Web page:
The April program resulted in the discovery of 138 vulnerabilities, and the white-hat hackers received payments totaling $75,000 for their efforts. The “Hack the Army” program also offers a bounty on reported vulnerabilities, and instructions for signing up are also available from a different link at HackerOne.
The latest data breach count from the Identity Theft Resource Center (ITRC) reports that there have been 901 data breaches recorded this year through November 22, 2016, and that more than 34 million records have been exposed since the beginning of the year. The total number of reported breaches increased by 28 since ITRC’s last report on November 9.
Cyber Monday Is Now Pretty Pointless
Since 2005, Cyber Monday has been the end of Thanksgiving week, as office workers’ brains haven’t quite returned to work, and they use the time to shop online. At least, this is what online retailers must themselves as they schedule sales and other promotions for the additional shopping holiday. Yet is Cyber Monday still a thing, or do we all have shopping holiday fatigue by the time it comes around?
Then there’s the problem specific to the holiday season. Over the last few years, retailers both online and offline have been engaging in Black Friday creep, making their sales start earlier and last longer. Consumers have deal fatigue.
You probably aren’t in a shopping frenzy right now, and few other people are, because shopping online is now commonplace. We carry small computers full of shopping apps in our pockets, and our email accounts are stuffed full of solicitations from our favorite retailers year-round. Mere discounts aren’t enough.
This year, according to the Associated Press, Adobe projects that we’ll spend about as much online today as on Black Friday. Cyber Monday shopping has increased every year since the non-holiday began, but online shopping on Black Friday simply increased more.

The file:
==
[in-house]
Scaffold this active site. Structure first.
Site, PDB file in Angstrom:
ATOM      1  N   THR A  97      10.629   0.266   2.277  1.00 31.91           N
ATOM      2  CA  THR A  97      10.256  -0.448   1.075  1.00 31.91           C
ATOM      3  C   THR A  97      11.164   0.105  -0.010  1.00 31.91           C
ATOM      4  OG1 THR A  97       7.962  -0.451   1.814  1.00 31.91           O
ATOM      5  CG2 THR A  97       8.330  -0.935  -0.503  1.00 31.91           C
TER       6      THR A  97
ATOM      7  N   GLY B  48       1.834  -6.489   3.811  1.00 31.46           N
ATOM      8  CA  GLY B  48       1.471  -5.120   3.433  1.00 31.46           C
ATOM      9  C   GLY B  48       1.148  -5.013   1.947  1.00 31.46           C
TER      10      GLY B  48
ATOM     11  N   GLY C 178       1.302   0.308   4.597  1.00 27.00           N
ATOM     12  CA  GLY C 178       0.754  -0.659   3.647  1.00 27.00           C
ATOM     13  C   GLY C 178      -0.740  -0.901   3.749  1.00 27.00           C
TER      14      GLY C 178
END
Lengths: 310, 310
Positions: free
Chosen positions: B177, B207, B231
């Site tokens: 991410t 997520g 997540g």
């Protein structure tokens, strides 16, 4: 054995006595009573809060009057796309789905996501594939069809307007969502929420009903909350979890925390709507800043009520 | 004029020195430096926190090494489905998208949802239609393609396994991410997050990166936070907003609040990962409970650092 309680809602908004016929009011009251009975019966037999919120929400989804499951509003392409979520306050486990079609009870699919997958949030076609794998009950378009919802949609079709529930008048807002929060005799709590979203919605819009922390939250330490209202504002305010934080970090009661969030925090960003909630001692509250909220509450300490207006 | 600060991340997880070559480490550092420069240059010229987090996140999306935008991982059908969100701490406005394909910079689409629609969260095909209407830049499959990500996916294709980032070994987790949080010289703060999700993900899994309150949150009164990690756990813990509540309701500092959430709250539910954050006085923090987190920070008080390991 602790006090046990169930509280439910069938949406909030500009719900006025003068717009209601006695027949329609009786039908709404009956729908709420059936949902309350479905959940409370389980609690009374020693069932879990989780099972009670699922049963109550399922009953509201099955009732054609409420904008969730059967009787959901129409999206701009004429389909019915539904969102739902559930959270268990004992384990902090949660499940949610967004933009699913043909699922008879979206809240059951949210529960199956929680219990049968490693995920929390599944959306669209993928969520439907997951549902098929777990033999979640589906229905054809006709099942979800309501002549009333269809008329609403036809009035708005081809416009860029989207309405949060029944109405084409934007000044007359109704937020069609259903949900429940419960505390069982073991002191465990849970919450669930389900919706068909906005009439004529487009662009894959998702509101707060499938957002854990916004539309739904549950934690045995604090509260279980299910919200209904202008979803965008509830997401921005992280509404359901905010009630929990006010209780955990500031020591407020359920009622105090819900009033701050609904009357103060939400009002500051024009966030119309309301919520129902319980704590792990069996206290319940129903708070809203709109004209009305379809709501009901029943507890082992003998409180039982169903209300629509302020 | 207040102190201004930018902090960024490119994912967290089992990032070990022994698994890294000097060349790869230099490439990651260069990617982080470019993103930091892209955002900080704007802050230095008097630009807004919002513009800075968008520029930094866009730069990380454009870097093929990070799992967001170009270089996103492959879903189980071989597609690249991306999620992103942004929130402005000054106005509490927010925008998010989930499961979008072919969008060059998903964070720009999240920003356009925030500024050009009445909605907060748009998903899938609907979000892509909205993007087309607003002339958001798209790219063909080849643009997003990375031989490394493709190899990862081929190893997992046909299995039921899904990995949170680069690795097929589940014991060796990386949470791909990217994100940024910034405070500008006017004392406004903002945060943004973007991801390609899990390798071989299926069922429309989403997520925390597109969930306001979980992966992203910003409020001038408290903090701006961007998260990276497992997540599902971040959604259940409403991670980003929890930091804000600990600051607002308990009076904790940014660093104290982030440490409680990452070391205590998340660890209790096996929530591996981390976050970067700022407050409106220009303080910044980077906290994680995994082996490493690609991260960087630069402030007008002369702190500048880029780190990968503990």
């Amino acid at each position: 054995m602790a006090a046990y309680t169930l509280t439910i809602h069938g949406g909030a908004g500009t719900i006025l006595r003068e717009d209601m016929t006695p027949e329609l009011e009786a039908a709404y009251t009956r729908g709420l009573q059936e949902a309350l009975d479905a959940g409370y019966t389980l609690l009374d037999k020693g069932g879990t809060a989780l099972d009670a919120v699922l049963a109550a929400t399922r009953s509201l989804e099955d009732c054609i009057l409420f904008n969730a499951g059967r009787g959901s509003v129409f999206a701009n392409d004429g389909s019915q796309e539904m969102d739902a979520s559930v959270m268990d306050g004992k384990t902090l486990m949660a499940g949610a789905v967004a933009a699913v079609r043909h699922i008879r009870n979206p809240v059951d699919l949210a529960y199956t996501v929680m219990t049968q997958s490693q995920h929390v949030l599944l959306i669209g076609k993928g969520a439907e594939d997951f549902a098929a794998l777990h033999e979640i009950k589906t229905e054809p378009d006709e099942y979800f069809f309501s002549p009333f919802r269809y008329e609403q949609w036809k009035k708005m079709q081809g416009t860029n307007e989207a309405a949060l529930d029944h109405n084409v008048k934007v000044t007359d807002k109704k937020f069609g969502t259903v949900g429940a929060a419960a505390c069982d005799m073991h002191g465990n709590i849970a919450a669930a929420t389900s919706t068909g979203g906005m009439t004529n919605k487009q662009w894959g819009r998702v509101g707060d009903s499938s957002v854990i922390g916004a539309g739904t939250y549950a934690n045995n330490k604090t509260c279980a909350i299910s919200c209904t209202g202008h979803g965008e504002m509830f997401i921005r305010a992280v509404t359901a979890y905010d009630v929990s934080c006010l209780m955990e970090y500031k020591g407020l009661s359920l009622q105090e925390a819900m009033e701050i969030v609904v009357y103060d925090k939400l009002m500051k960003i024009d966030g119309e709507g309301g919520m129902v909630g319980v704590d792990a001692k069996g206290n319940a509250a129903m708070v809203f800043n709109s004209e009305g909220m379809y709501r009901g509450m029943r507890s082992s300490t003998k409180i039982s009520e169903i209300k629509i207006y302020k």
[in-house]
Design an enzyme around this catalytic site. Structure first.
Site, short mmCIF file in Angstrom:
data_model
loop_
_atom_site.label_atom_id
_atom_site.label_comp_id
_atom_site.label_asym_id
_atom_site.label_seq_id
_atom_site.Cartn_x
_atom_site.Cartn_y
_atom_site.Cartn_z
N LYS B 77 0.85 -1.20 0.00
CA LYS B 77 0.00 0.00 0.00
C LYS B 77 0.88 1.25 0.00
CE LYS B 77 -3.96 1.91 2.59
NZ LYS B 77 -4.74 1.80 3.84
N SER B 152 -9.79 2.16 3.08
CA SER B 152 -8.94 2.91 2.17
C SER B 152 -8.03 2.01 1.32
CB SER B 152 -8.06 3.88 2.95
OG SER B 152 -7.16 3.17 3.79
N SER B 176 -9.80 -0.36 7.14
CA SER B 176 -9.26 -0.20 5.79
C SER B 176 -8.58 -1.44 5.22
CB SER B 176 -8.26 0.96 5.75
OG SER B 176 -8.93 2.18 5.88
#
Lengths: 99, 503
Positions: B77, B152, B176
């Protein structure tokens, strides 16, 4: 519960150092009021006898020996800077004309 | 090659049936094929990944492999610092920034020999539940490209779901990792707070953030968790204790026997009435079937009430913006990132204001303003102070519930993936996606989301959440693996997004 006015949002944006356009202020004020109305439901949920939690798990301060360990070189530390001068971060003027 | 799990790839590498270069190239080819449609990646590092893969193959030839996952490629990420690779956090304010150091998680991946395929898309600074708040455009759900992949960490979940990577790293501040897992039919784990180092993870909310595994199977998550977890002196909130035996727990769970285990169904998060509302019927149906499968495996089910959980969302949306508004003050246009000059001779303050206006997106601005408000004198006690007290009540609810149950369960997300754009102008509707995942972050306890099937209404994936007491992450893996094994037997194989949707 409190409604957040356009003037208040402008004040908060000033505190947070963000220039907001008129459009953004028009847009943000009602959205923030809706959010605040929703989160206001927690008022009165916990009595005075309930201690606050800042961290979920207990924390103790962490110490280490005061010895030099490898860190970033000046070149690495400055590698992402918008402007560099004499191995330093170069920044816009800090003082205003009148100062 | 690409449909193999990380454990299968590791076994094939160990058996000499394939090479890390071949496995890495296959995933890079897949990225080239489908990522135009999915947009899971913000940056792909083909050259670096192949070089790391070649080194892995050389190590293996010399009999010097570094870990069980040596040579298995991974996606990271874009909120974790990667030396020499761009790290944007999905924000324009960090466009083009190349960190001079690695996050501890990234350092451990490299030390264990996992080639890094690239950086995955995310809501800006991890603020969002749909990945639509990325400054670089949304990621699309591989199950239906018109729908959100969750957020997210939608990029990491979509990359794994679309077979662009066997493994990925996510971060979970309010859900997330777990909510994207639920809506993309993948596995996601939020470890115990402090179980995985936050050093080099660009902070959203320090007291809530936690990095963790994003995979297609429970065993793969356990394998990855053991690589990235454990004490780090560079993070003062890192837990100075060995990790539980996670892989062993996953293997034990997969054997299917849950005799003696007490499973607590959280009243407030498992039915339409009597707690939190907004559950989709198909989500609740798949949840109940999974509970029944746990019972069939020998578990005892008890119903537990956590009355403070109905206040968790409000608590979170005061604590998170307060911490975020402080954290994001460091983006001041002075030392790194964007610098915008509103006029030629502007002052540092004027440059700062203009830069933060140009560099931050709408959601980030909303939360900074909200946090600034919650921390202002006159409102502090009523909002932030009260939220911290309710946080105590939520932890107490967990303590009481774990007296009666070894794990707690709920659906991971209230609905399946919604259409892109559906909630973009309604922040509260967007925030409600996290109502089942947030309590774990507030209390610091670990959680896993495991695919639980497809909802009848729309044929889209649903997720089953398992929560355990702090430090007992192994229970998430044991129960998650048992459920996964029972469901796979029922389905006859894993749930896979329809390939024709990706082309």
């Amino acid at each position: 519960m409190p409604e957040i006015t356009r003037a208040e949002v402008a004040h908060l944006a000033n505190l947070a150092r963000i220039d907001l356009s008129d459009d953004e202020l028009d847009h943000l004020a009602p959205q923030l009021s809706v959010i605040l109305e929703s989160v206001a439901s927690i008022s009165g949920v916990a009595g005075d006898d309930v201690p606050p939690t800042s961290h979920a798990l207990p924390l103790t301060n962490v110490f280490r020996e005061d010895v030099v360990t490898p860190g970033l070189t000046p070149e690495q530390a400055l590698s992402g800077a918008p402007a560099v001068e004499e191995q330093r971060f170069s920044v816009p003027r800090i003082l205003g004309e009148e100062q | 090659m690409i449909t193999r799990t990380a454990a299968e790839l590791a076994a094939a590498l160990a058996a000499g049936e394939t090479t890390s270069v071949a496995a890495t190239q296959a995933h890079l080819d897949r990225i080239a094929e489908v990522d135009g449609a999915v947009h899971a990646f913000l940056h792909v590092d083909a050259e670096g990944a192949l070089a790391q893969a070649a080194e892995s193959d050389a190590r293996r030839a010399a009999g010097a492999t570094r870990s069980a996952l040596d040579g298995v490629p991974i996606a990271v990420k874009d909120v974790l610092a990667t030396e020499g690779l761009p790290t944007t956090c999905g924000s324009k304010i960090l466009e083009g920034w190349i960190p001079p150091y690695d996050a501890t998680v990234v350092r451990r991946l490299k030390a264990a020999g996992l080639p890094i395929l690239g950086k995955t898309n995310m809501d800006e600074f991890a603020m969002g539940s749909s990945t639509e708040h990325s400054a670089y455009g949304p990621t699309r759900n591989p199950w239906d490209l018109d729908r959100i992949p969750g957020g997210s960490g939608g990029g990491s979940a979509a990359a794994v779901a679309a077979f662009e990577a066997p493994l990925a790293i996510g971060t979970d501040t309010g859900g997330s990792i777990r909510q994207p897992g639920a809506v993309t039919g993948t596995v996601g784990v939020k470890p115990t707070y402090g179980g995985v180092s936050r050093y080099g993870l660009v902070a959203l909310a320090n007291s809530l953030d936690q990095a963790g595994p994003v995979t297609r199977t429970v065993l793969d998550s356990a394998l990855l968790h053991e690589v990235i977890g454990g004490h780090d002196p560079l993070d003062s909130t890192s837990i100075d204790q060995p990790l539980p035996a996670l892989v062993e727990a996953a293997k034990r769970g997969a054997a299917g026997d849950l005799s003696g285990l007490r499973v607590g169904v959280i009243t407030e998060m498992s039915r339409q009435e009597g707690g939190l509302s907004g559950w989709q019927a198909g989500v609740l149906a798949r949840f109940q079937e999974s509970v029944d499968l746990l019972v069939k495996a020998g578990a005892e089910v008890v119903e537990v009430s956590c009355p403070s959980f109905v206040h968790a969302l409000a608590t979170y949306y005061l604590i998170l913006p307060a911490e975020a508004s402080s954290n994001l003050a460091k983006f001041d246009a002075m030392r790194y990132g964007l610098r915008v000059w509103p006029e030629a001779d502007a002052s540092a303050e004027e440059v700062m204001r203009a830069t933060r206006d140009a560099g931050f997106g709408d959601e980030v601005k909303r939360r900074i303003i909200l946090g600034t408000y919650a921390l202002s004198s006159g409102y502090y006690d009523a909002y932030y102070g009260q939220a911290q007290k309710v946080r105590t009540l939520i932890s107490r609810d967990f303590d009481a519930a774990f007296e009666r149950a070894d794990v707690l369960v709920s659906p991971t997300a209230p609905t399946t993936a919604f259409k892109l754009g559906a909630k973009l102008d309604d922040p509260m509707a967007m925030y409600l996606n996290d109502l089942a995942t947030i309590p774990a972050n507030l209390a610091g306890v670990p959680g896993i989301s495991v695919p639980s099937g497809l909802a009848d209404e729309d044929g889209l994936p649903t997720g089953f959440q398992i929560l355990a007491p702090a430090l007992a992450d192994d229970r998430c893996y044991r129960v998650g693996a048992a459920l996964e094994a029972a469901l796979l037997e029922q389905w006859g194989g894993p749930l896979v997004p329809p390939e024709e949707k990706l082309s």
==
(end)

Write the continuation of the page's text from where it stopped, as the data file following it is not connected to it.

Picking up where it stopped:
Will we ever be able to retire? Boomers and Gen X-ers are worried.
Another new survey out last week shows that Americans are worried big time about when and whether they will be able to retire. The Addison Group’s Third Annual Workplace Survey found that 51 percent of American workers surveyed are concerned that they will not be able to retire when they want.
Those concerns about retirement were strongest among women. Only 43 percent of women surveyed felt they would be financially able to retire. And by generation, the biggest concerns came from baby boomers and Gen X-ers. Millennials, meanwhile, were significantly more confident about their retirement prospects.
Fifty-five percent of boomers and 58 percent of Gen X-ers were not confident that they would be in a financial position to retire when they were ready. But 53 percent of older millennials and 61 percent of younger millennials felt confident that they would be able to do so.
Nearly half of the workers surveyed worried that they would have to retire at an age older than their parents. That included 55 percent of boomers and half of the Gen X-ers in the survey. Only 35 percent of those in the survey thought they would retire at the same age of their parents, and 18 percent thought they would retire at a younger age than their parents.